ISSN 1911-2173


Piestinae Erichson 1839:

Kirby and Spence 1815
  Figure 1.19.1 Phloeocharinae: Charhyphus picipennis LeConte, anterioventral view of procoxae. 1.20.2 Siagonium punctatum (LeConte), left protibia. 9.13.1 S. punctatum, major male, dorsal habitus. 9.13.2 S. punctatum, minor male from under beech bark.    


Siagonium can be recognized by the small, globular procoxae (Fig. 1.19.1), protibia with thick spines (Fig. 1.20.2) and the hornlike projections in front of the eyes in males (Fig. 9.13.1, major male; 9.13.2, minor male). The genus Olisthaerus DeJean is loosely similar in appearance but lacks the rows of coarse punctures on the elytra and does not possess cephalic horns in either sex.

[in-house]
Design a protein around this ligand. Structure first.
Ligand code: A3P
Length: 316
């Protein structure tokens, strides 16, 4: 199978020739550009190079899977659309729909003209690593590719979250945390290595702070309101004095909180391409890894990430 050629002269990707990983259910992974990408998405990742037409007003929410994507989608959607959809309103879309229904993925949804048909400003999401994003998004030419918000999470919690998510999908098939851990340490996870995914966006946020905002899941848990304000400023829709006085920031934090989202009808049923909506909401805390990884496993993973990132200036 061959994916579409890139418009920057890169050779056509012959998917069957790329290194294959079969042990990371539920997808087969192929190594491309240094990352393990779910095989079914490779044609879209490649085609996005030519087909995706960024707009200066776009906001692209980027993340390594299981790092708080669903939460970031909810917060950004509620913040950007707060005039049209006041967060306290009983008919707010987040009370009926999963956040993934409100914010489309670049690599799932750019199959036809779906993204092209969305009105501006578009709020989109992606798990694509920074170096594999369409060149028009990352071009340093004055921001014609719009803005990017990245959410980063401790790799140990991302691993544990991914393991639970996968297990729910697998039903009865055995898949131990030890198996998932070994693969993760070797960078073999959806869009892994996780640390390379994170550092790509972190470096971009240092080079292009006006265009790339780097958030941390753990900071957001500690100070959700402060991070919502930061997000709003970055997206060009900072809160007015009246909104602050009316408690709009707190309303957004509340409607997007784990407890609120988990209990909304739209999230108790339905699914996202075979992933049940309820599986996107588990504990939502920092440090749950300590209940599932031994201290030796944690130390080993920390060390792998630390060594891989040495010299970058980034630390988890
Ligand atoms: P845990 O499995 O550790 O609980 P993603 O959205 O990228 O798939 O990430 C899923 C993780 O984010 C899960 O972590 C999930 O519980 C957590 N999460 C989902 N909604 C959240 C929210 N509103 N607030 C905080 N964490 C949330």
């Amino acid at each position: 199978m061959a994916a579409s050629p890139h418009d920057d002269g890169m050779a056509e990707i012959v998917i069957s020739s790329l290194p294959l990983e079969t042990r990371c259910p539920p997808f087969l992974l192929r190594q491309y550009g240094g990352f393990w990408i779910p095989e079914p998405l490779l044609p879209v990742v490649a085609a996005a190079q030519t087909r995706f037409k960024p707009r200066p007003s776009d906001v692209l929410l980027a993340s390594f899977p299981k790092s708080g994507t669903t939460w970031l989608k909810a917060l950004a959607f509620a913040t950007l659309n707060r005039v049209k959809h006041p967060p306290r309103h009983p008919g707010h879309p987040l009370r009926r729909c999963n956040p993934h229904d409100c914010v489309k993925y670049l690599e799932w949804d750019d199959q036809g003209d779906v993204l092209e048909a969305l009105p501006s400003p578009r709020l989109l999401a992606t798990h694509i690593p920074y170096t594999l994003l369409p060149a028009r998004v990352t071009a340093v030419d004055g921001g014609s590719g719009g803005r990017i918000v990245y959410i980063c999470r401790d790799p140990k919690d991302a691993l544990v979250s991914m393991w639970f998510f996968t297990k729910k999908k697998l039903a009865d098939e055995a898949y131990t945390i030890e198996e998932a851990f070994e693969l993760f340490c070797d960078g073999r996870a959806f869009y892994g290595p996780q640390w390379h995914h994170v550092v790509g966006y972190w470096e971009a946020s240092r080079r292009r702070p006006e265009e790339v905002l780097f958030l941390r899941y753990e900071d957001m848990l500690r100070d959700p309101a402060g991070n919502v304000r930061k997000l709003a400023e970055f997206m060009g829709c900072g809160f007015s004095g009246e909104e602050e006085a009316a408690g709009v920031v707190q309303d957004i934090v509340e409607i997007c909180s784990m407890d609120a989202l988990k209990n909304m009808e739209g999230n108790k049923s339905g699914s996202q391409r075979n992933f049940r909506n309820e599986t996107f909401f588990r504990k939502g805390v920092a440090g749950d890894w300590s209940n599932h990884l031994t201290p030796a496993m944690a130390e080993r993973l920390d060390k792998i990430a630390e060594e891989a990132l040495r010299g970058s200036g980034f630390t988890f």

The subfamily Piestinae is widely distributed in North America and represented in ECAS by three species of Siagonium. Very little is known about the biology of this group. All species occur under the bark of dead trees, especially conifers, and are sometimes collected at lights. Siagonium stacesmithi Hatch appears to be trans-boreal in distribution and one individual was captured in a ‘northern’ boreal forest consisting of mature black spruce trees (Paquin and Duperre 2001). Siagonium americanum (Melsheimer) and the more common S. punctatum (LeConte) are found in a greater variety of forest types, with the latter species extending into Mexico. Although the exact diet of Siagonium has never been experimentally determined, its mandibles and maxillae bear striking similarity to those of the mycophagous silvanid beetle Dendrophagus crenatus (Paykull) and gut contents were found to contain fungal fragments(Crowson and Ellis 1969). The mandibles of Siagonium and other Piestinae also possess invaginations, similar to the fungal spore-transmitting mycangia of scotyline and cucujoid beetles (Crowson and Ellis 1969).